It’s all about music for me, and here nobody is questioning that. I can be who I am and I can be on the inside and on the outside at the same time. I can be seen but also be someone that can disappear when I feel like it. This is the way I wanted to feel while growing up in Sweden. I am feeling that now.

    jewelry LOREN STEWART
    leather harness ZANA BAYNE 
    jewelry LOREN STEWART      
    shorts LEVI’S
    rabbit fur jacket 12345 CLOTHING
    jewelry LOREN STEWART
  • photography by ELLINOR STIGLE
    stylist KAROLINA BROCK

    hair & make up AMANDA BECZNER
    model ANNA NINJA

    retouching KEVIN ROFF


    Written by Karolina Brock by Michaela Widergren

    In a collaborative photography project, stylist Karolina Brock and photographer Ellinor Stigle explore the two spheres of vogue: the dance and the eponymous magazine. By joining pieces of an American Vogue magazine with dancer Anna Ninja’s unique movements, they aim to build a bridge between the underground voguing scene’s stereotyped view of fashion and how fashion and beauty are seen today fueled by the magazine Vogue.

    Anna Ninja, Swedish member of the New York-based Legendary House of Ninja, is one of the world’s most interesting voguing artists right now, bringing together her skills as a trained contemporary dancer and freestyle voguer. As a heterosexual woman, she intrigues. She also has to prove herself in a voguing community established by gay Latinos and African Americans in New York in the 1980’s, a culture created as a form of social survival in a hetero normative and discriminating society.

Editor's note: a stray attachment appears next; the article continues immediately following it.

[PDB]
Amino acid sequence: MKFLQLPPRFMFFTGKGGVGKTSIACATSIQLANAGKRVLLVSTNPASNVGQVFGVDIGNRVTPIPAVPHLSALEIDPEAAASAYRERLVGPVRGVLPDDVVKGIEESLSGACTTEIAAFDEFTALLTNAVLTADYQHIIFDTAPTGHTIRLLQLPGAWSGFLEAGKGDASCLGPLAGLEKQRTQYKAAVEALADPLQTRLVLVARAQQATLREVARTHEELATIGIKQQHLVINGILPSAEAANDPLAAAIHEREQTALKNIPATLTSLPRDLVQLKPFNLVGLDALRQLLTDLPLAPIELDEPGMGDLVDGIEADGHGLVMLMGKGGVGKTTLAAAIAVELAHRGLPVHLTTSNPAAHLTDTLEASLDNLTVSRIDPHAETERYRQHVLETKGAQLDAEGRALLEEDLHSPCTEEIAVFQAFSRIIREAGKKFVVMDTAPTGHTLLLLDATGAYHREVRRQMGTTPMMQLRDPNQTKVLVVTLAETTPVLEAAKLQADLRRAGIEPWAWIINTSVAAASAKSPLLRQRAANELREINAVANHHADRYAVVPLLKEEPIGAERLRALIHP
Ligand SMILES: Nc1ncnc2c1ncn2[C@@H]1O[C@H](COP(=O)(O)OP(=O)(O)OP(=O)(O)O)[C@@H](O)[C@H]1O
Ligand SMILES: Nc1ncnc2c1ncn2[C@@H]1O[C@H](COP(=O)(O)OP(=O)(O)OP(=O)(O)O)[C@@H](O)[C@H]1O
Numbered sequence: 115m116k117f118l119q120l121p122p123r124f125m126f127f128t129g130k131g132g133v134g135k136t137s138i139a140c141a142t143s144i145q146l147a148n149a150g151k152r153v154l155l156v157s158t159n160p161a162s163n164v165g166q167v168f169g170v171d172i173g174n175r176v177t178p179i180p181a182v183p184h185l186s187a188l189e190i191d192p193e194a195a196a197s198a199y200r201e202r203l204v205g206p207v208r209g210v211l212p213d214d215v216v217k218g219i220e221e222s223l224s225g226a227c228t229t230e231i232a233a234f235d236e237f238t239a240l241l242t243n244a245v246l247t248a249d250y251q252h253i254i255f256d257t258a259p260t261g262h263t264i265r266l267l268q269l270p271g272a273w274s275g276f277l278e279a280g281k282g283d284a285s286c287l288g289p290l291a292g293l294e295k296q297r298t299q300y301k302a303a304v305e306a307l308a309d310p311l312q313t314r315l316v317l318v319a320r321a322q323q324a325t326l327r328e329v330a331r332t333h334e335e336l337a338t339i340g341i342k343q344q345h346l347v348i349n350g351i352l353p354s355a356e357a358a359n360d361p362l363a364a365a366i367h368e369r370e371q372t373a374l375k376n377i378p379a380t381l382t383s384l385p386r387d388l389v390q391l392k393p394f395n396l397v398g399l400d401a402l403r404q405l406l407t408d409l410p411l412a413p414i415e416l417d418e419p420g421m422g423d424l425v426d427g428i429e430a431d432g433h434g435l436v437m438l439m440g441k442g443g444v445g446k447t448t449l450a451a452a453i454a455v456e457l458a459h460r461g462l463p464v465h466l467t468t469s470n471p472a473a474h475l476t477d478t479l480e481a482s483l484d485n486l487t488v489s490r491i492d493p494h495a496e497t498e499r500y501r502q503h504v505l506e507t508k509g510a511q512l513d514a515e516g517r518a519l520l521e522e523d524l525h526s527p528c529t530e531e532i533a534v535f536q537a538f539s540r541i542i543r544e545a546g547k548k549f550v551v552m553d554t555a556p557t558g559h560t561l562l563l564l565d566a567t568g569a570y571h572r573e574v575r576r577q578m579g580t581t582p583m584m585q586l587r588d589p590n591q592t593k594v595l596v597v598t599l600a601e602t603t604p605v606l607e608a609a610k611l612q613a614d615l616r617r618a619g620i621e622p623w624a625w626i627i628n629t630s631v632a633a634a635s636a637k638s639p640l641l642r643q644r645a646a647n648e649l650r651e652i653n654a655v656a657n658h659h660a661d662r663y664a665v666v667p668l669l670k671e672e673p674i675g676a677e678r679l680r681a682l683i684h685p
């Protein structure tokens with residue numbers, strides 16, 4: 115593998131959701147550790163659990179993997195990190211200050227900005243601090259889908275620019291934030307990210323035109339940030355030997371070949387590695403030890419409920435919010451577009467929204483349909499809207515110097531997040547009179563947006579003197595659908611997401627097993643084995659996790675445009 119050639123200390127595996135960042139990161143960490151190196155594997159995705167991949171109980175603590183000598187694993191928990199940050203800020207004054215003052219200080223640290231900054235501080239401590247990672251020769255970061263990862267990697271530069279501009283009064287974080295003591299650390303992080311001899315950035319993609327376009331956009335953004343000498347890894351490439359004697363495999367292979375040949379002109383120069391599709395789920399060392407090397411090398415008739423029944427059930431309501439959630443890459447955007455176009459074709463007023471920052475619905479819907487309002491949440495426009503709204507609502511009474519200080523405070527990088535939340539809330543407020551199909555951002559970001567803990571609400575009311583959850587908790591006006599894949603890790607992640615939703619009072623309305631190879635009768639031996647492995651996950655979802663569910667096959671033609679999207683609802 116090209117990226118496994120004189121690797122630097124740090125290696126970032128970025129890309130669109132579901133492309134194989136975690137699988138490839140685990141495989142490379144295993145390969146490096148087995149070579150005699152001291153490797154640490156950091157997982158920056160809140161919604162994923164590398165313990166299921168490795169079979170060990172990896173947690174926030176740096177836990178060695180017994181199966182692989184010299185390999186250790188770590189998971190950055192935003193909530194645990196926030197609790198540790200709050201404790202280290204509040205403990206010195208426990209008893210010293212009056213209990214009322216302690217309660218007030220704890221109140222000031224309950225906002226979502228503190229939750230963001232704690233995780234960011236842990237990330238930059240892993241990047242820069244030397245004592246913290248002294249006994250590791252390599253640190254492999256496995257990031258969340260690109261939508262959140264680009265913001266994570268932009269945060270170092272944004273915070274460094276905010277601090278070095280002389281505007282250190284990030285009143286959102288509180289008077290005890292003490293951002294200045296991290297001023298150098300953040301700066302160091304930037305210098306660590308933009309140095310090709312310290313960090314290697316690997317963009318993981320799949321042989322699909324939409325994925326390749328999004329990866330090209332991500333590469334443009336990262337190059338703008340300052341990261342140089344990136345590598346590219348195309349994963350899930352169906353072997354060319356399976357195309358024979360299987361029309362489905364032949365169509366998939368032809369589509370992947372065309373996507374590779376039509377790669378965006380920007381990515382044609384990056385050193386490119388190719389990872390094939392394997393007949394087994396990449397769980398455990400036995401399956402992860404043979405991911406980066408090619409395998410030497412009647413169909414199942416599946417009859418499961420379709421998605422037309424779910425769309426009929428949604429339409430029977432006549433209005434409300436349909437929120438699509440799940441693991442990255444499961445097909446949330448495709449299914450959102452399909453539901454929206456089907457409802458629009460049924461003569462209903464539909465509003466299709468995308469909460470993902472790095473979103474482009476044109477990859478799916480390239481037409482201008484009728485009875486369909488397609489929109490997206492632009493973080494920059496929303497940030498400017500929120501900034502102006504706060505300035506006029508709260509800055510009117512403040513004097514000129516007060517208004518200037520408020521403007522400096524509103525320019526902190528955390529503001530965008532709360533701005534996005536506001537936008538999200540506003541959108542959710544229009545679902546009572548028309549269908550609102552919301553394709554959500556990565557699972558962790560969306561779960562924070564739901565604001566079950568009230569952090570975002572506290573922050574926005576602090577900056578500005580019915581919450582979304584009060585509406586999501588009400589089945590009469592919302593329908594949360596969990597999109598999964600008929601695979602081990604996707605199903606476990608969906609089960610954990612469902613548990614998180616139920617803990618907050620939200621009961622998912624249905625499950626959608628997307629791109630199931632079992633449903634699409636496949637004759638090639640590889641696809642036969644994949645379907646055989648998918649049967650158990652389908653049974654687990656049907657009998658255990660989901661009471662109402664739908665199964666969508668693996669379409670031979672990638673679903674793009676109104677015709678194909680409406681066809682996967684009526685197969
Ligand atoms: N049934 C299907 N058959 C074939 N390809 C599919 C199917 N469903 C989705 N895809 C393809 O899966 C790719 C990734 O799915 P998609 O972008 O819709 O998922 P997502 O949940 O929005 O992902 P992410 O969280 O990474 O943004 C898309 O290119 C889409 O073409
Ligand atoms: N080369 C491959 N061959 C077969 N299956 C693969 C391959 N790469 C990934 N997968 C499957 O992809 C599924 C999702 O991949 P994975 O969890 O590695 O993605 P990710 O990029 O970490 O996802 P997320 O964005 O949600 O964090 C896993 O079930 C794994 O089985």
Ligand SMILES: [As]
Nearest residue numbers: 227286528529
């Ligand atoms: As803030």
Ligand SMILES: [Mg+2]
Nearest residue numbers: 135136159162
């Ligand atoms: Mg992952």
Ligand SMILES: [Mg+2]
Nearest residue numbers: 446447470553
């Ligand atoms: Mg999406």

By merging the ideals of the two worlds (the voguing culture and the fashion magazine) they present a stripped-down version of the extravagance of voguing ball culture, and its dream of fashion and acceptance.

    The word ‘Vogue’ has over time grown into an expression with multiple meanings and fields of applications. Vogue as an epic fashion magazine served as a muse in itself to the original voguing ball room scene to the extent of the culture naming their dance movement after it. Furthermore the voguing culture and its dance form has today inspired the magazine as well as fashion, music and media world wide.

    top and shorts  AUGUSTIN TEBOUL
    belt as head band BERGE
    dress LACOSTE
    top and shorts AUGUSTIN TEBOUL
    belt as head band BERGE



There’s nothing to see here.